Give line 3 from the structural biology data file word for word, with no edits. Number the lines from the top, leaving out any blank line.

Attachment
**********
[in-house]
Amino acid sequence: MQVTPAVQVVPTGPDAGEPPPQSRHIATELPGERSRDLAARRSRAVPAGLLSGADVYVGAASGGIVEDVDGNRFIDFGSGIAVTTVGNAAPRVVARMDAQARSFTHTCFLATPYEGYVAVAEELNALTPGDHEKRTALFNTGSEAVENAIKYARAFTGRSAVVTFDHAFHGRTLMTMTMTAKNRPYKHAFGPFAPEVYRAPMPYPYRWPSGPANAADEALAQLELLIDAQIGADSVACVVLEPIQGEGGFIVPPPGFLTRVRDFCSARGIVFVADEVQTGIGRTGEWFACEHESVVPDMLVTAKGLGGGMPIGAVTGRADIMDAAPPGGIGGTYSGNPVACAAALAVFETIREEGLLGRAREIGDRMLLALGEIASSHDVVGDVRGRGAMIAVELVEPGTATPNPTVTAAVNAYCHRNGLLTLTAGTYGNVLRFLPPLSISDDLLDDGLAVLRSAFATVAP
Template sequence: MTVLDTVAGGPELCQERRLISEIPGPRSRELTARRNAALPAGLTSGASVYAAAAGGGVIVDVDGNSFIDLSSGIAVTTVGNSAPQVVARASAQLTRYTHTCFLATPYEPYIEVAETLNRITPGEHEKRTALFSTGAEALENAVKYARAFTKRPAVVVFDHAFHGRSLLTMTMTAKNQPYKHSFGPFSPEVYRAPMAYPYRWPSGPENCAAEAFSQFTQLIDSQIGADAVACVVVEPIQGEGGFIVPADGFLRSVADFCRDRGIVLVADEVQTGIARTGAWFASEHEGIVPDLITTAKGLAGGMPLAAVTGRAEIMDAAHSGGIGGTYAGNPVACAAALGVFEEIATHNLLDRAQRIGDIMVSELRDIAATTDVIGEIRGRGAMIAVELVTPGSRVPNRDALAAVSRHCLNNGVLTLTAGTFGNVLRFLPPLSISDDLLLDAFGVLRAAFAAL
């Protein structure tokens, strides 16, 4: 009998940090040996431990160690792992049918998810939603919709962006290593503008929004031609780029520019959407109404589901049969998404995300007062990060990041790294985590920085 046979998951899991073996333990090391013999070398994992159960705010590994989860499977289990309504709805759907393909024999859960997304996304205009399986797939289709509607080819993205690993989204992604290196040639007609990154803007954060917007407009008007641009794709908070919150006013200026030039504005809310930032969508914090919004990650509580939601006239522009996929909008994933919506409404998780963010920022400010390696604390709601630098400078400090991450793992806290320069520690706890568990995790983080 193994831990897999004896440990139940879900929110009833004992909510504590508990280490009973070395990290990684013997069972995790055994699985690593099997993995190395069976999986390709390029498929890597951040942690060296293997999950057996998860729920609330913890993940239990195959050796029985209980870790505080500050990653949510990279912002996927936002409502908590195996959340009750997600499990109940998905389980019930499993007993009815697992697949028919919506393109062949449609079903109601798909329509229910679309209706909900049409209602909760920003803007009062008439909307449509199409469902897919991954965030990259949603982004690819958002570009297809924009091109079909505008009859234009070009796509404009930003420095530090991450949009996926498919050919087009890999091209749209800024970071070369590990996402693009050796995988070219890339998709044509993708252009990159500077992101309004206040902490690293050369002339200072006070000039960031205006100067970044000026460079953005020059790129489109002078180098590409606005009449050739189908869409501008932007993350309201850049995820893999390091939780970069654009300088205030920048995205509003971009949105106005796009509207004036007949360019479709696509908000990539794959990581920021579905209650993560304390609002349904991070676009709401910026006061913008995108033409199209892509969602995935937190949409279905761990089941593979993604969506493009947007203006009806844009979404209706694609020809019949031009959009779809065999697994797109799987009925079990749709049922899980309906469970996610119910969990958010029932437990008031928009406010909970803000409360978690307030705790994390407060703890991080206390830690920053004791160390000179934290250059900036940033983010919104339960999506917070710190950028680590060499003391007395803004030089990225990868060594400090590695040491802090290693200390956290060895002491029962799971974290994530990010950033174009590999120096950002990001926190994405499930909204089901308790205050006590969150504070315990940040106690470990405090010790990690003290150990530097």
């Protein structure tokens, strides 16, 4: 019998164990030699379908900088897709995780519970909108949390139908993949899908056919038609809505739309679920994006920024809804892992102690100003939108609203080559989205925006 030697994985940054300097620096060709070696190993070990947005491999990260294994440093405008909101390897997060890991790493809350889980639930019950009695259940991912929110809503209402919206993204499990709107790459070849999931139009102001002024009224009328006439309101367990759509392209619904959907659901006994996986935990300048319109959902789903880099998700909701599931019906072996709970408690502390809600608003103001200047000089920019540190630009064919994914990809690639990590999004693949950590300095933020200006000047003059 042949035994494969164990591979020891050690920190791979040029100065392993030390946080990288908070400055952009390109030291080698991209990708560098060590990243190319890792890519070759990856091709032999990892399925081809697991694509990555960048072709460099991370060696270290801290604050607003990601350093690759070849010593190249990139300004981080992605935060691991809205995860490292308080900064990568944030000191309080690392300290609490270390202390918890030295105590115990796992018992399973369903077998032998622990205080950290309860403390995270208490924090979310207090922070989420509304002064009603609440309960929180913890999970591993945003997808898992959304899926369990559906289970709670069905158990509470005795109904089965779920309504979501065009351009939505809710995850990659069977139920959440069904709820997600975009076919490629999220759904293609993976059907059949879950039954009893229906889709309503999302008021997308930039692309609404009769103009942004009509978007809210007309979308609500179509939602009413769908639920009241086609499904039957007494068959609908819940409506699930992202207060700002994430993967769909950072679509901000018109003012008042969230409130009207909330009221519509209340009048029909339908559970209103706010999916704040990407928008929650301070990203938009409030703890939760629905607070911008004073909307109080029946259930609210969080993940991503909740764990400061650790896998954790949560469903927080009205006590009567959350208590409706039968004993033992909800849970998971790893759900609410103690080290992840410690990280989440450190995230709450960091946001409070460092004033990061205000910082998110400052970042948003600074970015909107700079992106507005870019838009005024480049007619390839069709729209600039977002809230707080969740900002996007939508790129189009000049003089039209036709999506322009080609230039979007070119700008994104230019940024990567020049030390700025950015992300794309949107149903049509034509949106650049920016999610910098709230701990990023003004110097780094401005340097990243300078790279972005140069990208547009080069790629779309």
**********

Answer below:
Template sequence: MTVLDTVAGGPELCQERRLISEIPGPRSRELTARRNAALPAGLTSGASVYAAAAGGGVIVDVDGNSFIDLSSGIAVTTVGNSAPQVVARASAQLTRYTHTCFLATPYEPYIEVAETLNRITPGEHEKRTALFSTGAEALENAVKYARAFTKRPAVVVFDHAFHGRSLLTMTMTAKNQPYKHSFGPFSPEVYRAPMAYPYRWPSGPENCAAEAFSQFTQLIDSQIGADAVACVVVEPIQGEGGFIVPADGFLRSVADFCRDRGIVLVADEVQTGIARTGAWFASEHEGIVPDLITTAKGLAGGMPLAAVTGRAEIMDAAHSGGIGGTYAGNPVACAAALGVFEEIATHNLLDRAQRIGDIMVSELRDIAATTDVIGEIRGRGAMIAVELVTPGSRVPNRDALAAVSRHCLNNGVLTLTAGTFGNVLRFLPPLSISDDLLLDAFGVLRAAFAAL